Late last week, General Electric offered to buy French industrial conglomerate Alstom for $13 billion.
General Electric would be funding the transaction using its substantial overseas cash position.
However, concerns about job losses have been raised by the French government, which wants to keep the company in French hands.
Furthermore, a new player has entered into the fray for Alstom.
General Electric (NYSE:GE) is really in a bind. Its $13 billion bid for Alstom SA (OTCPK:ALSMY), a French maker of power plant equipment and high-speed trains, has come under severe scrutiny. First, the French government raised concerns, citing possible job cuts if a deal were to happen. Furthermore, there are some strong nationalist and protectionist undertones. However, further complicating matters are reports that German juggernaut Siemens AG (SI) has proposed a counter-offer that would keep Alstom firmly in Europe.
The French problem escalates
"GE and Alstom have their agenda, which is that of shareholders, but the French government has its own, which is that of economic sovereignty,"
French economy minister Arnaud Montebourg
According to reports, Alstom CEO Patrick Kron had just landed from a flight to Paris from the US, where he was close to completing a sale of the energy operations to General Electric, when he received an urgent message, namely that French economy minister Arnaud Montebourg wanted to know why the company was negotiating without his knowledge.
In 2005, France's government passed an anti-takeover decree, where it can intervene to protect companies from being acquired if it deems them to be of national or strategic importance. This applies even if the government has no ownership stake.
Mr. Montebourg has referred to Alstom as a "symbol of French industrial strength and know-how." Furthermore, he is not afraid to nix nearly completed transactions. Yahoo Inc.'s (NASDAQ:YHOO) attempt to buy Dailymotion from France Telecom SA unraveled after the French government vetoed it, even when both companies were more than willing to go through with the merger.
General Electric and Alstom were extremely close on sealing a deal, with some speculating that an official announcement could have come as soon as Sunday.
However, the French minister has basically slammed on the brakes on any deal. According to the WSJ, in a letter to Mr. Immelt, Mr. Montebourg postponed the meeting and warned Mr. Immelt that the French government had the power to "impose conditions" on the proposed deal with Alstom and, if necessary, to "deny it."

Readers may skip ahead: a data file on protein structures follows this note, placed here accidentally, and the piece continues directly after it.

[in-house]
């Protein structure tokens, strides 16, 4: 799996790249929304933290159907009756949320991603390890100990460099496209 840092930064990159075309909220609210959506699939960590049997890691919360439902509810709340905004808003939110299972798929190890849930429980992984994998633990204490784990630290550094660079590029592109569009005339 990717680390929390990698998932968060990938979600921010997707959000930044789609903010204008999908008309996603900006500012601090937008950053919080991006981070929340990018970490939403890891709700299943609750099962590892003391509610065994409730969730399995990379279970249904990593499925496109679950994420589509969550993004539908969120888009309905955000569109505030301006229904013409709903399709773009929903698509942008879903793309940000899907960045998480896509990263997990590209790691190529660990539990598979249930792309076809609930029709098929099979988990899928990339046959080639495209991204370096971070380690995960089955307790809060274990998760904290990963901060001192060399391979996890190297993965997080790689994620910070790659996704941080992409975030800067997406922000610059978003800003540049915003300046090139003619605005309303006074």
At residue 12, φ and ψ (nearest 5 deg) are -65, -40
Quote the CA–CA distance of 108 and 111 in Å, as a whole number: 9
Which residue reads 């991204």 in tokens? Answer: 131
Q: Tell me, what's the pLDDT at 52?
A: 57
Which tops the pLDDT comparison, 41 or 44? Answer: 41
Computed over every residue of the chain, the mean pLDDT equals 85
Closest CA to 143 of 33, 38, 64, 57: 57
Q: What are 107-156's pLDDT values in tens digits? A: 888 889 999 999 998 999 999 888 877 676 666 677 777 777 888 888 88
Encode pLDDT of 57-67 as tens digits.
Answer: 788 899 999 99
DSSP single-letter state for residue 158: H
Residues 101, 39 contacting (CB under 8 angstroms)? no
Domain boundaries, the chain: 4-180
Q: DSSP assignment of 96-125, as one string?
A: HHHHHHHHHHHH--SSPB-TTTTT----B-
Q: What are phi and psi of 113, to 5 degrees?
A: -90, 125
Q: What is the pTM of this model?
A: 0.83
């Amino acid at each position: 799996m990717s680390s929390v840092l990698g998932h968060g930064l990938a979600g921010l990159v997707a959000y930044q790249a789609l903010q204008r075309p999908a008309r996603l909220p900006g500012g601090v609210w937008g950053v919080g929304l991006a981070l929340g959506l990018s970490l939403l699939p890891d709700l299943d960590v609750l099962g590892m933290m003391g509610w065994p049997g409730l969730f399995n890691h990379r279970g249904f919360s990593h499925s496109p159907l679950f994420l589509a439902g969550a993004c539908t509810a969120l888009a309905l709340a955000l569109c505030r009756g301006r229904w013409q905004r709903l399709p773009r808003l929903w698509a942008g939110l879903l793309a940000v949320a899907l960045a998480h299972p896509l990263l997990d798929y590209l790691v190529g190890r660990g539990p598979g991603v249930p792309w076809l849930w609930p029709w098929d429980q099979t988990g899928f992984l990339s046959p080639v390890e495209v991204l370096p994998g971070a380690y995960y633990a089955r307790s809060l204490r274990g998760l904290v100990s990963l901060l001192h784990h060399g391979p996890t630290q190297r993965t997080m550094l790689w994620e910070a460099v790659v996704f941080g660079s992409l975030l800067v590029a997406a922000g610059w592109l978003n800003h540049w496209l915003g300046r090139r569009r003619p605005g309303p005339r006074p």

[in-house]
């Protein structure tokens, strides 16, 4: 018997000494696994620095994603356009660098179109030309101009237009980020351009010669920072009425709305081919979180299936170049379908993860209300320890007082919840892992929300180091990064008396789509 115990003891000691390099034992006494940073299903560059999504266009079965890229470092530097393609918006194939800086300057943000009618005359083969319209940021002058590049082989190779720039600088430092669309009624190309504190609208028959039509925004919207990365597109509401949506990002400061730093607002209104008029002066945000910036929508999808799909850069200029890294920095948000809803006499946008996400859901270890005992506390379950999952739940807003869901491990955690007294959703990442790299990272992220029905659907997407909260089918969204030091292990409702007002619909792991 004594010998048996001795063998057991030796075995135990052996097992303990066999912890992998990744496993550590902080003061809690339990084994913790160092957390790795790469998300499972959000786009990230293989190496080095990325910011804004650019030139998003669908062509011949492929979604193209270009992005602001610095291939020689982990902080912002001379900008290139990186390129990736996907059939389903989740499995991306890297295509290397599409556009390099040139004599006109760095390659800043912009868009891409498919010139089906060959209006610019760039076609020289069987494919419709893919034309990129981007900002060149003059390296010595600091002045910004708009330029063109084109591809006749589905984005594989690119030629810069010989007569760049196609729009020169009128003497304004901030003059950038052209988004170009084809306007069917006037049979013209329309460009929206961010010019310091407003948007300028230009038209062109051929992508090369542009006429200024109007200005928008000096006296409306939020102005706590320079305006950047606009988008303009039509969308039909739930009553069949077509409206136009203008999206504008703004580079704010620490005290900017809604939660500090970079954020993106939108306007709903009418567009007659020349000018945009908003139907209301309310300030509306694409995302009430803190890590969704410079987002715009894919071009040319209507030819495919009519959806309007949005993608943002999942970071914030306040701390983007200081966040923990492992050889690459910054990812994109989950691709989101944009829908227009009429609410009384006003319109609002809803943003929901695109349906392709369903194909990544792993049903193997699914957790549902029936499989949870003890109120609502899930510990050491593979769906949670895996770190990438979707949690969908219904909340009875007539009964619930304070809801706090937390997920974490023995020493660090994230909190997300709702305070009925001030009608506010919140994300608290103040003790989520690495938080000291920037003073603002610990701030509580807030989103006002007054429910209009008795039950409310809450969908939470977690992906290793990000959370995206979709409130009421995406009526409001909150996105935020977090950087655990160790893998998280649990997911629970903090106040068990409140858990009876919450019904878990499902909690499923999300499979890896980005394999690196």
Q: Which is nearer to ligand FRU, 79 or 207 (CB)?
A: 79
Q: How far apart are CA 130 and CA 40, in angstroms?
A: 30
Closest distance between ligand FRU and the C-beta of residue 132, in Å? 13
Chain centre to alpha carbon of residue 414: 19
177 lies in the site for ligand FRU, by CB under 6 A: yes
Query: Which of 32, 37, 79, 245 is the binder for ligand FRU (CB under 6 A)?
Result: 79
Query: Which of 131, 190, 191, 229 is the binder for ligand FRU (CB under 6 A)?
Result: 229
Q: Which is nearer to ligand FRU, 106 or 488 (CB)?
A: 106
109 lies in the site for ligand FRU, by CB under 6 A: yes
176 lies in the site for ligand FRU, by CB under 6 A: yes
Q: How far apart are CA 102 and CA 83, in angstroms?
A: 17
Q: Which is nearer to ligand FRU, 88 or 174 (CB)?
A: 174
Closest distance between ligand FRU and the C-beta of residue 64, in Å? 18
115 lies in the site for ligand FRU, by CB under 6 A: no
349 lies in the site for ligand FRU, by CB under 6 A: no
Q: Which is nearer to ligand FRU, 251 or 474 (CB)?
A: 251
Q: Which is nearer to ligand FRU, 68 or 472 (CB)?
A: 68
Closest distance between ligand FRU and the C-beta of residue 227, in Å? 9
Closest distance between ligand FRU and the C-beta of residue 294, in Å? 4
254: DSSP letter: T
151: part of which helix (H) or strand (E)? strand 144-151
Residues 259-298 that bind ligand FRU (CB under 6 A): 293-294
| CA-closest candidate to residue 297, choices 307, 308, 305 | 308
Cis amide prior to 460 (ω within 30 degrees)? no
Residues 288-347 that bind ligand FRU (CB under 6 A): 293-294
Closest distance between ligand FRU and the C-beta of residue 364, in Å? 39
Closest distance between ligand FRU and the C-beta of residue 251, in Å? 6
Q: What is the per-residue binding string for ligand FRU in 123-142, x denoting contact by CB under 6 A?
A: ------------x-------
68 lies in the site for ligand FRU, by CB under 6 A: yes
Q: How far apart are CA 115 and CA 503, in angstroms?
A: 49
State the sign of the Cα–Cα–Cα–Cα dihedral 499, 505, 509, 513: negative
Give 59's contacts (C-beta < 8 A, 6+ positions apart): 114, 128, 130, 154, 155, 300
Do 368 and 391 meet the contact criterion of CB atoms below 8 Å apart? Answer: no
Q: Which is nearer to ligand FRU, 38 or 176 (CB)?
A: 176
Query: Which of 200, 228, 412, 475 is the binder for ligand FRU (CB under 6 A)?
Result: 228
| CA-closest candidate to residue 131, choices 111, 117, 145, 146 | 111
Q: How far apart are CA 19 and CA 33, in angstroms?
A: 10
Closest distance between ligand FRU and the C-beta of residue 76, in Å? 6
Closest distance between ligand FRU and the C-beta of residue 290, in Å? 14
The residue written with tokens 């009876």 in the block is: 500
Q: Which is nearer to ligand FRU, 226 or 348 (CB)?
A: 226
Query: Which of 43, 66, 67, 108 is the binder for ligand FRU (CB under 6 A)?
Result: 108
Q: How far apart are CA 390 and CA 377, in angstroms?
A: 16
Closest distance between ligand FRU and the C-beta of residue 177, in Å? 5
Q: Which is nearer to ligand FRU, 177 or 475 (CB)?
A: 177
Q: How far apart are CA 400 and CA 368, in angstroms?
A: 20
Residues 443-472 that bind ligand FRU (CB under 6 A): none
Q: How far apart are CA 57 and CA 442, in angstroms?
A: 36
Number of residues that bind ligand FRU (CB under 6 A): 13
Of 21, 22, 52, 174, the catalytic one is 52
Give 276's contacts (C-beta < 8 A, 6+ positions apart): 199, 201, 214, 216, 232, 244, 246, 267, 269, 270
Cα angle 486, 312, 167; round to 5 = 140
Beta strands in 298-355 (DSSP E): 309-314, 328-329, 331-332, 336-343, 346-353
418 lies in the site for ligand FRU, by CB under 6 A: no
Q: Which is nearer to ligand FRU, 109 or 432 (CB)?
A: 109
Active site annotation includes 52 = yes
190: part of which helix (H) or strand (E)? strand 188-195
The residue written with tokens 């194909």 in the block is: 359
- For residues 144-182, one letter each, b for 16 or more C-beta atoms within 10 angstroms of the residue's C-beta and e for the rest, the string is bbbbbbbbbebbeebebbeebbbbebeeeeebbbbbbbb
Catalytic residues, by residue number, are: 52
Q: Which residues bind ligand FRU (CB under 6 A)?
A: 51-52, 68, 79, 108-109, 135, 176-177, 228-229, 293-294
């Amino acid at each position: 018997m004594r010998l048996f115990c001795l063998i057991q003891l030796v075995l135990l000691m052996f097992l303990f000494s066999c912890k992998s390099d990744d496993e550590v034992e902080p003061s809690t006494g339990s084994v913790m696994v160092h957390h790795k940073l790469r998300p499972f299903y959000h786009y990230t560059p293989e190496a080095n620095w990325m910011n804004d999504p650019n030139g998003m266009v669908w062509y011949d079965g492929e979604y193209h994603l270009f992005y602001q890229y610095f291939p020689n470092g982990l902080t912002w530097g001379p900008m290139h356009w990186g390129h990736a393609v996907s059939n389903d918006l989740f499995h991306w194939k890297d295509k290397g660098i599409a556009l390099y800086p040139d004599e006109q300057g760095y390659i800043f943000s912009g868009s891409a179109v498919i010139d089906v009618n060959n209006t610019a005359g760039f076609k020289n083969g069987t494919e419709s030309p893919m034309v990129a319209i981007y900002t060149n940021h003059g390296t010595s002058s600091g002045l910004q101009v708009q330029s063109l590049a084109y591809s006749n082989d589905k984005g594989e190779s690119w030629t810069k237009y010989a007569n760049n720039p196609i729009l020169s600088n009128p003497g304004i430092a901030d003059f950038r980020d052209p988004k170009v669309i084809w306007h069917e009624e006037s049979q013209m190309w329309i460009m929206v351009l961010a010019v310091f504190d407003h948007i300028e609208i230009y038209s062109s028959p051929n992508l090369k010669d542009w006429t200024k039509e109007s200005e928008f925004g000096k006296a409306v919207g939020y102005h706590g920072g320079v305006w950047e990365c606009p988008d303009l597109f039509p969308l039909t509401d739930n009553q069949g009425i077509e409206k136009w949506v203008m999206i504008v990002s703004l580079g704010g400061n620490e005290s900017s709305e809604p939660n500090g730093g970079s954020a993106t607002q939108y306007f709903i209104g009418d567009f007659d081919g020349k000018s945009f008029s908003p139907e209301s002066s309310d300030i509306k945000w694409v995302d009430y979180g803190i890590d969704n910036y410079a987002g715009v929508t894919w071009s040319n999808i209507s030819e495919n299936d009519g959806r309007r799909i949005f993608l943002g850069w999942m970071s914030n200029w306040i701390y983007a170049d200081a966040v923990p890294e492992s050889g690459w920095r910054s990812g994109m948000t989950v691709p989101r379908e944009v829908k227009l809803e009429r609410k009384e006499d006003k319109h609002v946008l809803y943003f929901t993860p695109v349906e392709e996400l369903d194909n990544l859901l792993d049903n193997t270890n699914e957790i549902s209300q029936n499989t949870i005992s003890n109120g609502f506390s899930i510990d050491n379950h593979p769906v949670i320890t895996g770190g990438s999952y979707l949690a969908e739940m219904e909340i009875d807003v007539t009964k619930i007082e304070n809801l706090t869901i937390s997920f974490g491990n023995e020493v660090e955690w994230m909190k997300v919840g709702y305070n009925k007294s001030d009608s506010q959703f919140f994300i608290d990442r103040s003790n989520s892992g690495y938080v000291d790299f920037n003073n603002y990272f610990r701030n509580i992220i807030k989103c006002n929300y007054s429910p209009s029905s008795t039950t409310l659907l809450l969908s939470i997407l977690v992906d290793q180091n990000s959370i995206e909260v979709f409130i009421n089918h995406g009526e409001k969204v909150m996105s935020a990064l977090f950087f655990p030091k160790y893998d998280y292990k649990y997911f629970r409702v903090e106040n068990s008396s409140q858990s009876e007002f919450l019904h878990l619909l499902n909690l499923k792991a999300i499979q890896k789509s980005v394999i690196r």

Alstom's future has become front page news in France, with a banner headline on Le Journal du Dimanche reading: "A national psycho-drama." However, Alstom said on Sunday that it was reflecting on its strategy and would make an announcement by Wednesday.
A look at Siemens proposal
However, according to Reuters, Siemens sent Alstom's board of directors a letter to "signal its willingness to discuss future strategic opportunities." While not confirmed, it appears that the French government may have approached Siemens about a possible alternative deal after learning about the General Electric offer.
In regards to Alstom's high-speed trains, it appears as if neither company was focusing on this asset. However, the German company is prepared to merge Alstom's train segment into its own rail-systems business, while General Electric was looking to spin-off that segment.
Instead, both companies are eyeing Alstom's turbine business, which has wide acceptance in Europe and has seen growth and market share gains in emerging markets.
Siemens' deal is slightly more lucrative than General Electric's, with the firm offering $14 to $15 billion in cash and assets compared to $13 billion from GE. In addition, Siemens has said that it would guarantee jobs in France for at least three years and leave some decision-making centers, mostly involving jobs, in France.
Why General Electric wants to buy Alstom
While it may not seem obvious to the outside observer, Alstom is already a highly profitable company, with strong cash flows and growing orders. Indeed, based on standard valuation metrics, Alstom is much cheaper than either General Electric or Siemens.
Furthermore, the premium applied (25%) for Alstom is hardly expensive, with that stock down nearly 20% Y/Y before news of a possible acquisition broke. In addition, buying Alstom would allow General Electric to deploy its overseas cash reserves instead of returning them to the US and having to pay taxes on them.
As noted above, Alstom is a leader in turbines, especially those for dams. In addition, the company's other energy assets, such as grids and power plant equipment, are widely used in Europe.
Finally, with the continent slowly recovering from its own long recession, Europe's energy infrastructure is due for an upgrade cycle, especially given that many large capital projects were delayed in prior years. For these reasons, Alstom appears to be a good match, at a good price.
The French government clearly wants to keep Alstom in French hands and both companies know it. However, General Electric needs to tread carefully. French economic nationalism, or Dirigisme, is a strong force in France, especially on the left.
In addition, General Electric may need to sweeten its offer for Alstom. Not only is Siemens' current offer better in terms of valuation ($14B vs. $13B), but it is also better in terms of the amount of concessions made to the French government.
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